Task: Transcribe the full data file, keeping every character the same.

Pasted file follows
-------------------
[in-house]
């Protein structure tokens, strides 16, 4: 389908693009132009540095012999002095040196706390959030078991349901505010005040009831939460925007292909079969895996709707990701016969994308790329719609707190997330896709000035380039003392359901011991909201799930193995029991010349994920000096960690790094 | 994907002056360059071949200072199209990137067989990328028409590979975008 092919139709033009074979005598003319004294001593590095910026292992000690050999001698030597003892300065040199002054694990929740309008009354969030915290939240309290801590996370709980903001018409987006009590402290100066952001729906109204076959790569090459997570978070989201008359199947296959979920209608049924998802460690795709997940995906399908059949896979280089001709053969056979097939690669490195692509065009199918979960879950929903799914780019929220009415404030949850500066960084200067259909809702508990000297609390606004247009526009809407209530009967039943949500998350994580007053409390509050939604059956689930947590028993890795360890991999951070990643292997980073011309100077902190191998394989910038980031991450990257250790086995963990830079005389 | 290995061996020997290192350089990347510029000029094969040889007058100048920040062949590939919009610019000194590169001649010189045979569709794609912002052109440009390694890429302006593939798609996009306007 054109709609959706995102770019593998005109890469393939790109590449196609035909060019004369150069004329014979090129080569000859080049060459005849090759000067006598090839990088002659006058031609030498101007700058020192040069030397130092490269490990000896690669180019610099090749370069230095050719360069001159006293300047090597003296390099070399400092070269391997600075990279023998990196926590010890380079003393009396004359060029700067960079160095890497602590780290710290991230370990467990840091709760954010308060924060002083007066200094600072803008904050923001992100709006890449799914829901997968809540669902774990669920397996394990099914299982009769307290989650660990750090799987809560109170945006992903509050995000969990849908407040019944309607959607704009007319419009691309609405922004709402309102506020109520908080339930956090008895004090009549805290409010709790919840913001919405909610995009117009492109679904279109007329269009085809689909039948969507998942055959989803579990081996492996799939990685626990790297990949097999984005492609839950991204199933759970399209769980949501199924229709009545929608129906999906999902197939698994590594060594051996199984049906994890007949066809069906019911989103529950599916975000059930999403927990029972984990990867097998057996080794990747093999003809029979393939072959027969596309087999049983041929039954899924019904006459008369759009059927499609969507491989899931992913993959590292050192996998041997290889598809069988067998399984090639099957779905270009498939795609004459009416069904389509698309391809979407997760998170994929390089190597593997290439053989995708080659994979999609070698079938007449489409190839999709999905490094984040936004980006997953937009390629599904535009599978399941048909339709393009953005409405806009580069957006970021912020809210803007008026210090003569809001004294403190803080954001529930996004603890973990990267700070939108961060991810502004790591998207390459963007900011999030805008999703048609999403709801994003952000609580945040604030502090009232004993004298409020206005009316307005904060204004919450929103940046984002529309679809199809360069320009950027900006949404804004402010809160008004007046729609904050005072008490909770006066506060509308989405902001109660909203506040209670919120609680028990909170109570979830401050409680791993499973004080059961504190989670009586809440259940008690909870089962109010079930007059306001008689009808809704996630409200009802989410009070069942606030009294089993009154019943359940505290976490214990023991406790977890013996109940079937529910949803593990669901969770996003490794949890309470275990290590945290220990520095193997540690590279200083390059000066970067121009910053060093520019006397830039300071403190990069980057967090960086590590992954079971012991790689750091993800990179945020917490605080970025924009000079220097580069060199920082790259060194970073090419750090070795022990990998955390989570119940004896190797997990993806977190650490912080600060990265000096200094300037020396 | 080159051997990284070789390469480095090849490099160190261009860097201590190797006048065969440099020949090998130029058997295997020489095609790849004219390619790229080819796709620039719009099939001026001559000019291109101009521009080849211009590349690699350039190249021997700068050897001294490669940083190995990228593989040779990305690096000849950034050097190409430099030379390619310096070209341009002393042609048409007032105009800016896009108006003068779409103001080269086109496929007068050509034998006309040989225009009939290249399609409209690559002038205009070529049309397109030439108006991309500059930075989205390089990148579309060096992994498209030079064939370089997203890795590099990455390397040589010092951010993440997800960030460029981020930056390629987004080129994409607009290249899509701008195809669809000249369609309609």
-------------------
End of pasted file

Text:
[in-house]
């Protein structure tokens, strides 16, 4: 389908693009132009540095012999002095040196706390959030078991349901505010005040009831939460925007292909079969895996709707990701016969994308790329719609707190997330896709000035380039003392359901011991909201799930193995029991010349994920000096960690790094 | 994907002056360059071949200072199209990137067989990328028409590979975008 092919139709033009074979005598003319004294001593590095910026292992000690050999001698030597003892300065040199002054694990929740309008009354969030915290939240309290801590996370709980903001018409987006009590402290100066952001729906109204076959790569090459997570978070989201008359199947296959979920209608049924998802460690795709997940995906399908059949896979280089001709053969056979097939690669490195692509065009199918979960879950929903799914780019929220009415404030949850500066960084200067259909809702508990000297609390606004247009526009809407209530009967039943949500998350994580007053409390509050939604059956689930947590028993890795360890991999951070990643292997980073011309100077902190191998394989910038980031991450990257250790086995963990830079005389 | 290995061996020997290192350089990347510029000029094969040889007058100048920040062949590939919009610019000194590169001649010189045979569709794609912002052109440009390694890429302006593939798609996009306007 054109709609959706995102770019593998005109890469393939790109590449196609035909060019004369150069004329014979090129080569000859080049060459005849090759000067006598090839990088002659006058031609030498101007700058020192040069030397130092490269490990000896690669180019610099090749370069230095050719360069001159006293300047090597003296390099070399400092070269391997600075990279023998990196926590010890380079003393009396004359060029700067960079160095890497602590780290710290991230370990467990840091709760954010308060924060002083007066200094600072803008904050923001992100709006890449799914829901997968809540669902774990669920397996394990099914299982009769307290989650660990750090799987809560109170945006992903509050995000969990849908407040019944309607959607704009007319419009691309609405922004709402309102506020109520908080339930956090008895004090009549805290409010709790919840913001919405909610995009117009492109679904279109007329269009085809689909039948969507998942055959989803579990081996492996799939990685626990790297990949097999984005492609839950991204199933759970399209769980949501199924229709009545929608129906999906999902197939698994590594060594051996199984049906994890007949066809069906019911989103529950599916975000059930999403927990029972984990990867097998057996080794990747093999003809029979393939072959027969596309087999049983041929039954899924019904006459008369759009059927499609969507491989899931992913993959590292050192996998041997290889598809069988067998399984090639099957779905270009498939795609004459009416069904389509698309391809979407997760998170994929390089190597593997290439053989995708080659994979999609070698079938007449489409190839999709999905490094984040936004980006997953937009390629599904535009599978399941048909339709393009953005409405806009580069957006970021912020809210803007008026210090003569809001004294403190803080954001529930996004603890973990990267700070939108961060991810502004790591998207390459963007900011999030805008999703048609999403709801994003952000609580945040604030502090009232004993004298409020206005009316307005904060204004919450929103940046984002529309679809199809360069320009950027900006949404804004402010809160008004007046729609904050005072008490909770006066506060509308989405902001109660909203506040209670919120609680028990909170109570979830401050409680791993499973004080059961504190989670009586809440259940008690909870089962109010079930007059306001008689009808809704996630409200009802989410009070069942606030009294089993009154019943359940505290976490214990023991406790977890013996109940079937529910949803593990669901969770996003490794949890309470275990290590945290220990520095193997540690590279200083390059000066970067121009910053060093520019006397830039300071403190990069980057967090960086590590992954079971012991790689750091993800990179945020917490605080970025924009000079220097580069060199920082790259060194970073090419750090070795022990990998955390989570119940004896190797997990993806977190650490912080600060990265000096200094300037020396 | 080159051997990284070789390469480095090849490099160190261009860097201590190797006048065969440099020949090998130029058997295997020489095609790849004219390619790229080819796709620039719009099939001026001559000019291109101009521009080849211009590349690699350039190249021997700068050897001294490669940083190995990228593989040779990305690096000849950034050097190409430099030379390619310096070209341009002393042609048409007032105009800016896009108006003068779409103001080269086109496929007068050509034998006309040989225009009939290249399609409209690559002038205009070529049309397109030439108006991309500059930075989205390089990148579309060096992994498209030079064939370089997203890795590099990455390397040589010092951010993440997800960030460029981020930056390629987004080129994409607009290249899509701008195809669809000249369609309609």